From hotels to hospitals to universities, enterprises everywhere can relate to the longstanding problem of poor in-building public cellular service coverage. Meanwhile, they want to simplify their infrastructure. But with separate public and private wireless deployments, they’ve been moving in the wrong direction.
Celona Inc. has now stepped in with an all-inclusive neutral host service with T-Mobile US Inc. as the first mobile network operator to be supported. Certified within T-Mobile’s “Bring Your Own Coverage” 2.0 program, Celona’s 4G Citizens Broadband Radio Service or CBRS-based private wireless system can transparently connect T-Mobile subscribers within in-building enterprise environments. For the past eight months, Celona and T-Mobile have been successfully running the new CBRS-based neutral host service with a national retailer looking to cookie-cut the service across the country.
Some might look at this and think it’s just a new coat of paint on the old, distributed antenna system or DAS model, but what Celona is bringing to market is “fundamentally different,” Celona co-founder and Chief Technology Officer Mehmet Yavuz told me in an exclusive briefing.
“DAS is effectively creating a new public cellular network infrastructure within a building or a venue,” Yavuz said. “But that comes with all the cost and complexity of bringing in each carrier’s infrastructure and the requisite new cabling needed. Enterprises don’t like it because it’s just so complex and can literally take years to complete. But they simply haven’t had any choice.”
Yavuz said that “while DAS has been used mainly for very large venues with deep pockets, the moment you want to take it to the mainstream enterprise market, you don’t see many DAS deployments.” The company says its cloud-hosted, multisite, multitenant software exchange technology is at the heart of the solution. Dubbed MOXN, short for Multi-Operator Exchange Network, the tech focuses on scaling up operations and simplifying manageability by removing hardware and giving enterprises more control.
“In the past, time to value with DAS has been measured in months or years,” Yavuz said. “With Celona’s neutral host service, this is reduced to weeks because once you deploy your private network, the neutral host is simply a matter of turning on the service. Afterwards, customers can immediately start enjoying high-quality voice and data services on their devices with T-Mobile SIM, in addition to emergency services such E911.”
This offering should work well for healthcare environments, large retailers, offices, hotels, manufacturing operations and universities. In fact, the company announced one such implementation. Stanford Health Care plans to deploy Celona’s 5G LAN system with neutral host service to bolster public cellular coverage for patients, visitors, doctors and clinicians.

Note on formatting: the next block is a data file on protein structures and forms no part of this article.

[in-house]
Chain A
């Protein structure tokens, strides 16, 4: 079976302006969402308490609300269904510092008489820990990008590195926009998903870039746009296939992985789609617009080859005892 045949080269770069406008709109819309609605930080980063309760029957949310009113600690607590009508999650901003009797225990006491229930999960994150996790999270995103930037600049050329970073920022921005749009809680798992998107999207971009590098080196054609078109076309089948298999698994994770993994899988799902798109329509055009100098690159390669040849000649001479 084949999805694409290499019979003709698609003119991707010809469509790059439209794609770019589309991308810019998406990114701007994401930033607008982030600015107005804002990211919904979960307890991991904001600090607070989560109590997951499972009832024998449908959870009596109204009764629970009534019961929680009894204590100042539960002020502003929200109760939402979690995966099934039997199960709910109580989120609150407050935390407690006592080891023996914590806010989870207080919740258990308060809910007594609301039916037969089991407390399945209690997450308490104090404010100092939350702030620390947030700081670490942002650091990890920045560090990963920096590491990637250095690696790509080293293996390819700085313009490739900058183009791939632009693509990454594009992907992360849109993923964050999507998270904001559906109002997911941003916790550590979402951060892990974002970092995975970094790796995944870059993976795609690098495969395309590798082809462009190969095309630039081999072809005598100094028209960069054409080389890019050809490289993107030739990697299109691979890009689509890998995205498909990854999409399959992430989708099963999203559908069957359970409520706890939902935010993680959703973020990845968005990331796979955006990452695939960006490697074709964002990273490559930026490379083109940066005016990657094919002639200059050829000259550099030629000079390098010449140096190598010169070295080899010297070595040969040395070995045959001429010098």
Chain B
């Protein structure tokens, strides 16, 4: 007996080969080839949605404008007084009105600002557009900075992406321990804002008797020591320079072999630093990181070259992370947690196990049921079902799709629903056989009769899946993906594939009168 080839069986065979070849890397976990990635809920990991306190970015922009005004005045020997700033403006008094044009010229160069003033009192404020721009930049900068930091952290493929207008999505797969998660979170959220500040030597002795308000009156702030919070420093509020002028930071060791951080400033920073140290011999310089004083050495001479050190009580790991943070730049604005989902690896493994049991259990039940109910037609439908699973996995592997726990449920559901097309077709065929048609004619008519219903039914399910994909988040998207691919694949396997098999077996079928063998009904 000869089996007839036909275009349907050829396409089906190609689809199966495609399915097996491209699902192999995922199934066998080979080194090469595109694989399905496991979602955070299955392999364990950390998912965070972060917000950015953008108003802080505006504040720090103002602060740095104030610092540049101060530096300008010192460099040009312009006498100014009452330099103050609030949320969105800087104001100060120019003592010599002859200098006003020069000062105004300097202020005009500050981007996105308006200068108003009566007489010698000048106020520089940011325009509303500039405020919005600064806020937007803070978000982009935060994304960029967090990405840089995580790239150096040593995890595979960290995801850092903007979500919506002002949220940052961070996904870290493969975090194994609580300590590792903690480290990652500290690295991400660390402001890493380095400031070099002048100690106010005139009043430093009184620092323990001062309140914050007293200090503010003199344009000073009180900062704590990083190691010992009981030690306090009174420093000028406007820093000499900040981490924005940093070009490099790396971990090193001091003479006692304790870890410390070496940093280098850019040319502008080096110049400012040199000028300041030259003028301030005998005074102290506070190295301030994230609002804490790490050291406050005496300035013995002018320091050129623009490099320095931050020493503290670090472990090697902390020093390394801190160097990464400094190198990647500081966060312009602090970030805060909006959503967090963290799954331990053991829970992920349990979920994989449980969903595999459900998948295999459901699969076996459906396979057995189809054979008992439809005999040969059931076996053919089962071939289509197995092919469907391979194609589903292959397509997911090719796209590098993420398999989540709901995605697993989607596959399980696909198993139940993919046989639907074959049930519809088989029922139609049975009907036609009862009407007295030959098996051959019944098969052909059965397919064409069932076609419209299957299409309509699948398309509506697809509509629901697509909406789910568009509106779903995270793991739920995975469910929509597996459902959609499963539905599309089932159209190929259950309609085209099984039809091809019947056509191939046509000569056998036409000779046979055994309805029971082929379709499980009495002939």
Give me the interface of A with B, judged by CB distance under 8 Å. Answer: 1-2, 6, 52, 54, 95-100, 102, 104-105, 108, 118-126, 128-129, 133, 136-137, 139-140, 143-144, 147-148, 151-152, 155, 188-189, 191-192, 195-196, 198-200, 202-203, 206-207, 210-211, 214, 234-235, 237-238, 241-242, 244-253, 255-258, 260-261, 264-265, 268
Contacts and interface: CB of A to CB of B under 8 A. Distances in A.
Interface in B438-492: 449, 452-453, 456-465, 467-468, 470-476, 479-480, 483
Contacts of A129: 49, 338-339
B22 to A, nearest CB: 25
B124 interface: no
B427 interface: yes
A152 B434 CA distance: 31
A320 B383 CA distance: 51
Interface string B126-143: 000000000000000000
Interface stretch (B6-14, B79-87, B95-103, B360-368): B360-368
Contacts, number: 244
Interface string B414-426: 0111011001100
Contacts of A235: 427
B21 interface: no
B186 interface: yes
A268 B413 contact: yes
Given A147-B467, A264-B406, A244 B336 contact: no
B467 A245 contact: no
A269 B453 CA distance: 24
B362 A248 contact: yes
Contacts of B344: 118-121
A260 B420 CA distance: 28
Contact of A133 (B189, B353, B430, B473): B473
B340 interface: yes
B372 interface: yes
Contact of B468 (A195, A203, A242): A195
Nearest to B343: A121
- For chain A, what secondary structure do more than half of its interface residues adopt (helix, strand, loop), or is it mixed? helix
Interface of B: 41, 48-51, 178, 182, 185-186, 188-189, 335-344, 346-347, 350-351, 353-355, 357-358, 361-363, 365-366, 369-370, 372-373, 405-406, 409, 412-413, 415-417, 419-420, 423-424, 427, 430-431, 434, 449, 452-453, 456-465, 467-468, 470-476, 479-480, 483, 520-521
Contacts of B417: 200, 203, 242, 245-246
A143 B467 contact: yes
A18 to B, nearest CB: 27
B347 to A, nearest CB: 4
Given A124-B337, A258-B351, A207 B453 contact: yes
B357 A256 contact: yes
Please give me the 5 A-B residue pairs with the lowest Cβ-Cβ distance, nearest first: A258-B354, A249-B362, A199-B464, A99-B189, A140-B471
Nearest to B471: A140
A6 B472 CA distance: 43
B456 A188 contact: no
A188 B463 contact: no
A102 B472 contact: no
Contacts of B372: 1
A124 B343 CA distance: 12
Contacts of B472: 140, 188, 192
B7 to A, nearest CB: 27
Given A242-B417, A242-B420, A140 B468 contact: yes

Based on Celona’s 4G/5G CBRS radio access network technology, the solution will integrate with SHC’s existing internet protocol network and connect to Celona’s cloud-based MOXN gateway using T-Mobile service, and the company promises other operators in the future. The SHC implementation aims to improve indoor cellular signal coverage while providing a better user experience. Celona says all mobile subscriber connections are automatically aggregated and directed to the reliable MNO core through a single secure tunnel.
For now, Celona’s neutral host service will be offered only in the U.S., which will support the broadcasting of up to five public MNO cellular services and one private wireless on the same network. In addition, the multi-operator core network will live in Celona’s virtual private cloud, which should remove considerable complexity while providing greater scalability and security.
The private network, the small cell access points and the 4G/5G core will remain on-premises within the enterprise. A cloud-based orchestration system gives enterprises a detailed view of the public and private wireless services in use.
“From a customer’s perspective, they just get the subscription, and they’re able to turn the service on with a click of a button in the orchestrator,” Yavuz said. “Unlike DAS, there is no additional infrastructure for every additional operator that they need to deploy.”
Yavuz told me that total cost of ownership will be lower, up to 40% or more, than competing DAS systems. He added that there are other benefits, including a single management console and the ability to use existing enterprise LAN infrastructure.
A recent ZK Research survey showed that network operations staff wastes 17% of their time and 19% of their budget running separate access networks. So if Celona can do what it promises at that lower TCO, the solution should be a no-brainer for any business deploying cellular.
The demand for public and private cellular has been limited to a handful of industries such as manufacturing, warehousing and public venues, but several trends should act as an accelerant in other verticals, most notably the internet of things.
After years of hype, the information technology-operational technology integration trend is finally underway. Almost every IT pro I talk to discusses the challenge of connecting and managing more “things,” with cellular being the easiest and most reliable way of connecting them.
Certainly, it’s an interesting announcement by Celona, but the key here will be the ultimate ability to integrate with other access technology, such as WiFi. Celona says its APIs can integrate with WiFi dashboards so enterprises can continue working in a familiar way. It will also be critical that Celona quickly sign up other carriers, such as AT&T Inc. and Verizon Communications Inc., to make its neutral host service more broadly appealing.
Zeus Kerravala is a principal analyst at ZK Research, a division of Kerravala Consulting. He wrote this article for SiliconANGLE.
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